The boys made their way to the Tom Thumb at a leisurely pace, at times riding their bikes and scooter, and at other times walking. The Wetterling house, on Kiwi Court, sat at the southern edge of St. Joseph. A two-way, north-to-south road flanked by cornfields, trees, and a smattering of homes connected the Wetterling residence to downtown St. Joseph. Jacob, Trevor, and Aaron traveled along this road toward the Tom Thumb, arriving at the store around nine o’clock. After successfully renting The Naked Gun, the boys began the trek back to Kiwi Court to watch the movie.

Well into their return trip—close to the Wetterling home, yet far from the lights of the St. Joseph retail district—they were accosted by a masked assailant, later identified as twenty-six-year-old Danny James Heinrich. Claiming he had a gun, Heinrich asked the boys their ages. After learning Trevor’s age, the masked man ordered the ten-year-old to run into the woods, lest he be shot. Aaron then told Heinrich that he was eleven, after which the armed man groped him. Finally, it was Jacob’s turn. After learning Jacob’s age, Heinrich instructed Aaron to run away without looking back. The assailant then took Jacob, handcuffed him behind his back, and drove him out of St. Joseph, listening to the police scanner to ensure that he could make a safe getaway. “What did I do wrong?” Jacob asked Heinrich as he transported the boy to Paynesville, about forty minutes from St. Joseph. Once there, Heinrich stopped in a field by a grove. He uncuffed Jacob and molested him, after which the boy asked if he would be returned home. Heinrich told Jacob, “I can’t take you all the way home,” causing the eleven-year-old to cry. Soon thereafter, a police cruiser, sirens blaring and lights flashing, flew down an adjacent road. Panic-stricken, Heinrich instructed Jacob to turn around; he loaded his revolver, pressed it to the back of Jacob’s head, and shot him twice, killing him. The Wetterlings would not learn their son’s fate until 2016, when Heinrich confessed.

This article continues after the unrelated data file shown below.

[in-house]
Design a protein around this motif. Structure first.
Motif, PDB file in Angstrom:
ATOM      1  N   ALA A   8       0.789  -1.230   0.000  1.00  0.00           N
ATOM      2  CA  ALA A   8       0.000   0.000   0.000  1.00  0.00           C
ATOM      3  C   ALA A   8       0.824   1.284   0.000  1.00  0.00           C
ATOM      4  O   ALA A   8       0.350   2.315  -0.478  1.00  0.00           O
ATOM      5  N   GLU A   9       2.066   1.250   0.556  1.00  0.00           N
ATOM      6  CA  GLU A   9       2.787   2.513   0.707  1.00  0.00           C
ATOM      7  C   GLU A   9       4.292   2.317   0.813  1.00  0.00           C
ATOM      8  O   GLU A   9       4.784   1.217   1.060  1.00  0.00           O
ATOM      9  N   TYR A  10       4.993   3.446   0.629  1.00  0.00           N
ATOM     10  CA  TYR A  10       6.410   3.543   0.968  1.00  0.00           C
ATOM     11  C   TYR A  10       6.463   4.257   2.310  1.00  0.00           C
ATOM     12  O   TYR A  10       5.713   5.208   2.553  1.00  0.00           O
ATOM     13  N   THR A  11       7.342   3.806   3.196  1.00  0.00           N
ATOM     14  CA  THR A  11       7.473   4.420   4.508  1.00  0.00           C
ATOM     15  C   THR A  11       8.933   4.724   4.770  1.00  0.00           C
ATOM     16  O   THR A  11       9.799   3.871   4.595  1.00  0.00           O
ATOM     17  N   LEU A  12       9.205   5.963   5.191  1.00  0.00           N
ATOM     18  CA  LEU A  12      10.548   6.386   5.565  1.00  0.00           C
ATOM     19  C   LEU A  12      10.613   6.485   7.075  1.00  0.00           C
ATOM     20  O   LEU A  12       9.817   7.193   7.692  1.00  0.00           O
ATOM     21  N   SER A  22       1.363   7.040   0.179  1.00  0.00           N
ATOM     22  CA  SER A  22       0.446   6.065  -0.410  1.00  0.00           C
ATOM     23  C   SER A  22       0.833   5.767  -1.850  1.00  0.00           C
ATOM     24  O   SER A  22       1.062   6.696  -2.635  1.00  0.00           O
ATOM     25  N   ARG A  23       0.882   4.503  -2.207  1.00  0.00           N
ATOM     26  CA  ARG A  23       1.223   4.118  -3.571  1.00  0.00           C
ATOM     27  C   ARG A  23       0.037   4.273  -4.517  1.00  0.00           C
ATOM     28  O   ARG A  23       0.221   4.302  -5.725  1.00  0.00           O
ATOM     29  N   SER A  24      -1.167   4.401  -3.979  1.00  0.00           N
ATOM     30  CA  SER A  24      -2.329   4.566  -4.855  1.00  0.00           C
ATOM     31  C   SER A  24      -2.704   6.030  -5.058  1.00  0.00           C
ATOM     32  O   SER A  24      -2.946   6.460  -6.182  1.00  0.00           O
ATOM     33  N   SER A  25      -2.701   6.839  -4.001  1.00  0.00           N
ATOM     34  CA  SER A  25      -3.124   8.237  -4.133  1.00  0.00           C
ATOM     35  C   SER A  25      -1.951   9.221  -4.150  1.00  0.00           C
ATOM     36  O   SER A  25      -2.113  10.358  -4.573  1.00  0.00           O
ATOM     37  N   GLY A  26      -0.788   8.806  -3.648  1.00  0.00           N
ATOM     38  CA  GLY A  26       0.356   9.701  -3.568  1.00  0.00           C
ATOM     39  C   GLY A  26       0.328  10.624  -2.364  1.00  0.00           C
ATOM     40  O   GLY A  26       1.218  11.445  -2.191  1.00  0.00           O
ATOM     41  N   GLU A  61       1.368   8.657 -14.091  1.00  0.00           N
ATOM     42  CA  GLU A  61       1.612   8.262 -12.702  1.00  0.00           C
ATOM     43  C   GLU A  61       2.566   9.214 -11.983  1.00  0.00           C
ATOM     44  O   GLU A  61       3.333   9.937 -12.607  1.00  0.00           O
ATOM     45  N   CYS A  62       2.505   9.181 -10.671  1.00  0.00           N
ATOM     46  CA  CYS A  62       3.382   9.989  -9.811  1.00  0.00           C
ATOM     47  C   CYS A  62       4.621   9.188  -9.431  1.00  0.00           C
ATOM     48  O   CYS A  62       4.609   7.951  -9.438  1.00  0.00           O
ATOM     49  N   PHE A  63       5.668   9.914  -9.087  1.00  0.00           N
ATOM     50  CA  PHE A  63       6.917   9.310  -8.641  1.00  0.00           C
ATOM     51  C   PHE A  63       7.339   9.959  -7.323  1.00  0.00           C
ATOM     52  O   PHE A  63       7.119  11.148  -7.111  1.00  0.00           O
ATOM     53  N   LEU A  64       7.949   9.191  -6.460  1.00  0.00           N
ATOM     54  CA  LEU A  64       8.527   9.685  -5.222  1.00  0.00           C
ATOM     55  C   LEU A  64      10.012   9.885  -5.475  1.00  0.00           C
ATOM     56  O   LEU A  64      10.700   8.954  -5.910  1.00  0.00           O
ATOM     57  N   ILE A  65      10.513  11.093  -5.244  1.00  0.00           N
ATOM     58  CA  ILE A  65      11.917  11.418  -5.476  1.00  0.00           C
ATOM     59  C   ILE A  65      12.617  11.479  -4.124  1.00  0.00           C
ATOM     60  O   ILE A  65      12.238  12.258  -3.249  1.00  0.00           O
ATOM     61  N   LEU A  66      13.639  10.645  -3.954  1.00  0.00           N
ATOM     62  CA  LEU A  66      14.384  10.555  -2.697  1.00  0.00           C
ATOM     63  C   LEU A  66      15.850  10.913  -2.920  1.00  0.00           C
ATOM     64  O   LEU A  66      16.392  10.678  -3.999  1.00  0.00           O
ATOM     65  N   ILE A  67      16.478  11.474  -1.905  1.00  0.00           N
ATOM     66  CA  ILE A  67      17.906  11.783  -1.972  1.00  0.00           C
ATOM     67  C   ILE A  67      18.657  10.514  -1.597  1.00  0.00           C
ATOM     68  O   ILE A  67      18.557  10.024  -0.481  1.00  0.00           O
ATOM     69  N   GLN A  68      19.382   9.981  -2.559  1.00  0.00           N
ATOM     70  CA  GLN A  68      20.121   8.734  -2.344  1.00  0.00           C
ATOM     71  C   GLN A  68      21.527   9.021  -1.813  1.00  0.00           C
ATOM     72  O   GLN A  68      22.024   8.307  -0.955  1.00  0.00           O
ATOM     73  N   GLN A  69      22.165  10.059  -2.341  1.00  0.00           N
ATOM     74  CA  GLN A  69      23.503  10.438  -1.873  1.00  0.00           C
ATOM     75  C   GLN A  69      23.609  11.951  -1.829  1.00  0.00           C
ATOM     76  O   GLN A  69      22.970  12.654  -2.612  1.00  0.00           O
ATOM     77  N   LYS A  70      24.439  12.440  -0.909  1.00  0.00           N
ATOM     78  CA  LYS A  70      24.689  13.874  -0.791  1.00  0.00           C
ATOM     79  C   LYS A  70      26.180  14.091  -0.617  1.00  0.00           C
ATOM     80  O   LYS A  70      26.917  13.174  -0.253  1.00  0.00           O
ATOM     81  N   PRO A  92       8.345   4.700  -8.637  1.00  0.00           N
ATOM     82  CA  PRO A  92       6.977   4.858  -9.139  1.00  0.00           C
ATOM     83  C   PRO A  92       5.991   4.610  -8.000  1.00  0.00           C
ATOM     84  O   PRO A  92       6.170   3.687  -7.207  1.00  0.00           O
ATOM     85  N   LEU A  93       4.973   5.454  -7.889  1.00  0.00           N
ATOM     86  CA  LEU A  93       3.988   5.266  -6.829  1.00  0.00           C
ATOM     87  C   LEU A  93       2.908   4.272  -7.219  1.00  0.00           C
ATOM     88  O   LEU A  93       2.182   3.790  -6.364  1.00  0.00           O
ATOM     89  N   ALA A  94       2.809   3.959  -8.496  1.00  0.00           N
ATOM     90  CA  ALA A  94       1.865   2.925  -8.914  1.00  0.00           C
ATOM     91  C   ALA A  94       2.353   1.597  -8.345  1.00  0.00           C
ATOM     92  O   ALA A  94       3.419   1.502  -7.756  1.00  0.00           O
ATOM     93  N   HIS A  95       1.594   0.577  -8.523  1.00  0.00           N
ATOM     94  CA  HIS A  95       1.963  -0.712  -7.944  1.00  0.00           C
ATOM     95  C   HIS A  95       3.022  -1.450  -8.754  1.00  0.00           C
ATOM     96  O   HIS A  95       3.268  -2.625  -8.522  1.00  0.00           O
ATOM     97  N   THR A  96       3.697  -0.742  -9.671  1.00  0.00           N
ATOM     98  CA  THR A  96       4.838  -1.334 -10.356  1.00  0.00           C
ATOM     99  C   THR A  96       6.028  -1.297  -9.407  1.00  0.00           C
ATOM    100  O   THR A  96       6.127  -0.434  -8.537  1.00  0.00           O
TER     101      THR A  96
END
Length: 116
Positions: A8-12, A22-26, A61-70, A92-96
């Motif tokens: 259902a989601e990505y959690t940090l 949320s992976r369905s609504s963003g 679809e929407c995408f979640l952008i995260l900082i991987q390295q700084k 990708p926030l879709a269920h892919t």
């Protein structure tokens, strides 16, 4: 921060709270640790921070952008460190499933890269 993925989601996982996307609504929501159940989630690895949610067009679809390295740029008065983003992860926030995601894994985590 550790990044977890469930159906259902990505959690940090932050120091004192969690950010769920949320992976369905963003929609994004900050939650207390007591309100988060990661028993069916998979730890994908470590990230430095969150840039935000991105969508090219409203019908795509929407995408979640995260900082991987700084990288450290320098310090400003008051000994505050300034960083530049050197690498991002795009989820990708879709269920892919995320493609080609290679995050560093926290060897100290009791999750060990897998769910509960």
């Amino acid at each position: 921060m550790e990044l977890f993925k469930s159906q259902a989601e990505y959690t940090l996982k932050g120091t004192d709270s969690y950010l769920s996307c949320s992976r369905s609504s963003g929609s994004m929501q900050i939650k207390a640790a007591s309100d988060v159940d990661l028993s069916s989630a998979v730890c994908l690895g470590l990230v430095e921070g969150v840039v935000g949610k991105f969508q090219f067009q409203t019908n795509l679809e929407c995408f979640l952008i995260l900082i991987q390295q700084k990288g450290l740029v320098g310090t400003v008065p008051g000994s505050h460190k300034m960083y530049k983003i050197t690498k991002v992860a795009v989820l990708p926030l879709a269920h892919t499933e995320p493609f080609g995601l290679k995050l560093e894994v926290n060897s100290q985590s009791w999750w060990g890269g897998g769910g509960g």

By the time of Wetterling’s abduction and murder in October 1989, the missing child panic had already sparked a significant public, legislative, and business sector response and prompted a minor backlash against scaring children with “stranger danger” narratives. Despite attempts by some journalists and child welfare activists to debunk the exaggerated statistics animating the child protection scare, the logic of stranger danger remained firmly entrenched in 1989 and persisted into the nineties and the twenty-first century. Child safety mechanisms implemented during the presidential administration of Bill Clinton hinged upon this logic and the image of endangered childhood at its heart. Often inscribed with the names of photogenic (white) child-victims, these legal instruments (commonly known as “memorial laws”) flowed from a growing federal emphasis on protecting young Americans while punishing those who wished them harm. Among others, these federal instruments included the Jacob Wetterling Crimes against Children and Sexually Violent Offender Registration Act and the “three strikes, and you’re out” provision—both contained in the controversial 1994 crime bill—and the 1996 amendments to the Wetterling Act, known as Megan’s Law. Such laws spotlighted the moral threats ostensibly facing young Americans and identified incarceration, surveillance, control, and shame as the proper means by which to mitigate these threats. The Wetterling Act, three strikes, and Megan’s Law bolstered federal support for the mythology of stranger danger while expanding a carceral net that served to disproportionately ensnare LGBTQ Americans and people of color. Building on the developments of the 1980s, these mechanisms shored up the child safety regime and its increasingly punitive cast, enabling its continued expansion in the twenty-first century.